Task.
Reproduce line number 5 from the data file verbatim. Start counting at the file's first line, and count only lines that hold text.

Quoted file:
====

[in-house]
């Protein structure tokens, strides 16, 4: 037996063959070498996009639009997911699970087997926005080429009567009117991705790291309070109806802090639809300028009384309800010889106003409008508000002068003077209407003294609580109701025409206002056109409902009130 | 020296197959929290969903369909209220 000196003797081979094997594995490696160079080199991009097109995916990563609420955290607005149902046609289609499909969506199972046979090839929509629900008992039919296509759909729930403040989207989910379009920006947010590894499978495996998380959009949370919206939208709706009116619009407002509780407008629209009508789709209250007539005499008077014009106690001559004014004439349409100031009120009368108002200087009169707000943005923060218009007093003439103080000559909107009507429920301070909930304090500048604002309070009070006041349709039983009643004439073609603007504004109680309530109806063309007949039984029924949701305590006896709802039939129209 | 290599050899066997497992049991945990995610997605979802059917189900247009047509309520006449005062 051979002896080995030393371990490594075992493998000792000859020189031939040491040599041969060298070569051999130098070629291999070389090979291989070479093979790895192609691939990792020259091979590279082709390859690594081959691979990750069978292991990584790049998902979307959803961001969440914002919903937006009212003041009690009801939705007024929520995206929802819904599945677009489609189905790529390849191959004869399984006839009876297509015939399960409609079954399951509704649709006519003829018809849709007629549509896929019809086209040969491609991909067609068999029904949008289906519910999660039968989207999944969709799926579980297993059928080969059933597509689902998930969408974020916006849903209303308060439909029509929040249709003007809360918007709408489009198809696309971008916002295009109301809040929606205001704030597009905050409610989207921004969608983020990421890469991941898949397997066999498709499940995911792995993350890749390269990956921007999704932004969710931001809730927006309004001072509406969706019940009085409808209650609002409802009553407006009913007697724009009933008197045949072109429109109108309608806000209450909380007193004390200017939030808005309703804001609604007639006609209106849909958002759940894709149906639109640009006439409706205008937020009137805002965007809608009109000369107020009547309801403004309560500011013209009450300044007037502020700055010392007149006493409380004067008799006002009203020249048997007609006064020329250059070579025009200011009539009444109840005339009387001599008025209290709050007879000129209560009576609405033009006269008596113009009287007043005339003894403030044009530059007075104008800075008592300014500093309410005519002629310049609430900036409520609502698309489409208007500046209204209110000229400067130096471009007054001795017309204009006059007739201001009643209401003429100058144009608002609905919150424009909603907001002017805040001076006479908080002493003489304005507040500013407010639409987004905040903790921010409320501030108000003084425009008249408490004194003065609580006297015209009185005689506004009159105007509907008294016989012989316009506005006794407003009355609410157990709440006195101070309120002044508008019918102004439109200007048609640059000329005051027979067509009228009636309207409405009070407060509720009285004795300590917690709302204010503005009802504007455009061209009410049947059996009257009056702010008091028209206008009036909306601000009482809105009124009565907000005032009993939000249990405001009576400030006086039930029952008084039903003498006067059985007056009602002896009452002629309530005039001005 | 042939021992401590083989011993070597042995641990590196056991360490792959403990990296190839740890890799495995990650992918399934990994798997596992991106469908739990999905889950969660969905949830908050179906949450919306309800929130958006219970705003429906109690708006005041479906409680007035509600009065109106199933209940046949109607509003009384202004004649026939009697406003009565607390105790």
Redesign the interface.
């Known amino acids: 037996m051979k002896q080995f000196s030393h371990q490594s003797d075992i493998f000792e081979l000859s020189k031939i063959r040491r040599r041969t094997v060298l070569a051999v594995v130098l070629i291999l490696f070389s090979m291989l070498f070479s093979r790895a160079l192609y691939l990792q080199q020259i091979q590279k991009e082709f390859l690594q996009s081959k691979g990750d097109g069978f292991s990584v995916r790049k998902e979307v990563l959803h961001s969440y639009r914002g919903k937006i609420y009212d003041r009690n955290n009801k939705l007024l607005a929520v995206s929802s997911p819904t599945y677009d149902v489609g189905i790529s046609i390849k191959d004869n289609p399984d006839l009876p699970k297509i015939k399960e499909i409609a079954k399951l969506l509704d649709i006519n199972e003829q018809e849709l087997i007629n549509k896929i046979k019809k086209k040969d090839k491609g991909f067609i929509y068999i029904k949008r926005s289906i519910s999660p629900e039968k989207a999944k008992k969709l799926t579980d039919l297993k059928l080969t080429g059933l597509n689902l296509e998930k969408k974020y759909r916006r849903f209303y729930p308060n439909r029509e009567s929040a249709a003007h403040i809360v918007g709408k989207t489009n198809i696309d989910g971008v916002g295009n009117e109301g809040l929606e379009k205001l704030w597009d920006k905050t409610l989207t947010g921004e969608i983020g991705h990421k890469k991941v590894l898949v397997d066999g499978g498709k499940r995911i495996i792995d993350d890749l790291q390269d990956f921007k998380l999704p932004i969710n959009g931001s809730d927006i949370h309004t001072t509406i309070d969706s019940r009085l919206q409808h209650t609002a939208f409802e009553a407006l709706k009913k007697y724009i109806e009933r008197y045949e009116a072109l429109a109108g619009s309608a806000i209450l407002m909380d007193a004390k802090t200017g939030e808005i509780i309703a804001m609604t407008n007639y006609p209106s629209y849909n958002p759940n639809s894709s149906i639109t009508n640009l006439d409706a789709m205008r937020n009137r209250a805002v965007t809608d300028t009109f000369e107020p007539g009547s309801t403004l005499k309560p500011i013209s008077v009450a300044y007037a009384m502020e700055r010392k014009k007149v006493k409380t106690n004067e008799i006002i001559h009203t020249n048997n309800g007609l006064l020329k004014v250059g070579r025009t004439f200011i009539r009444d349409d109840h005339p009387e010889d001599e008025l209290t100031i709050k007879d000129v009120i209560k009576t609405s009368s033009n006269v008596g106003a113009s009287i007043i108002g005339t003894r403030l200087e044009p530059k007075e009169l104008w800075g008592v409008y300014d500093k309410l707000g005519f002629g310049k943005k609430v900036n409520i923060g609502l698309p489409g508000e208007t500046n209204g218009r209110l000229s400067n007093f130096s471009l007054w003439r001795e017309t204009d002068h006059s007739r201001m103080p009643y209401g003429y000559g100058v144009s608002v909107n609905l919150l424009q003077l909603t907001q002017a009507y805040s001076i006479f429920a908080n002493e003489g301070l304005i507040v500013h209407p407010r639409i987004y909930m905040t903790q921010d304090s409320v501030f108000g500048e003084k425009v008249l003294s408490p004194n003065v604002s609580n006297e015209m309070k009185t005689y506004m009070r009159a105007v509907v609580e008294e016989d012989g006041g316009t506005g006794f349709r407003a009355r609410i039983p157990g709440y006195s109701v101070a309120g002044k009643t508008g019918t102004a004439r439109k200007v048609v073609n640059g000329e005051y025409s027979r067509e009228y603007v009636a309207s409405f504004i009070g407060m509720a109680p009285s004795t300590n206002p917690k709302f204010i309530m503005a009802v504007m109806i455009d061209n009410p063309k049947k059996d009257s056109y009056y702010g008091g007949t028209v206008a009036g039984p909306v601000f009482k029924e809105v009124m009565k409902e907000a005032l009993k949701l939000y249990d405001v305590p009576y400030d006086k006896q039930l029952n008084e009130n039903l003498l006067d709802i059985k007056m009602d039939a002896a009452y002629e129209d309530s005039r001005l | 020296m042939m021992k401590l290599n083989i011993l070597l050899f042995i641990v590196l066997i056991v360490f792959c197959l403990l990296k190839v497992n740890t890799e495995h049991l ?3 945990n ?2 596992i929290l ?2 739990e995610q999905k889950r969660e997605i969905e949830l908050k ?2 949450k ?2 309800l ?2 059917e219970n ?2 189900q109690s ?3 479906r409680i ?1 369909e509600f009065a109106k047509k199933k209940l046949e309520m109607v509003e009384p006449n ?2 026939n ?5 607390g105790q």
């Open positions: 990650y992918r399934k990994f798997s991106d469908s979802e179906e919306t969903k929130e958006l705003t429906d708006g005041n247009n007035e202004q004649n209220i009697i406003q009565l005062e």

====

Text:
């Open positions: 990650y992918r399934k990994f798997s991106d469908s979802e179906e919306t969903k929130e958006l705003t429906d708006g005041n247009n007035e202004q004649n209220i009697i406003q009565l005062e």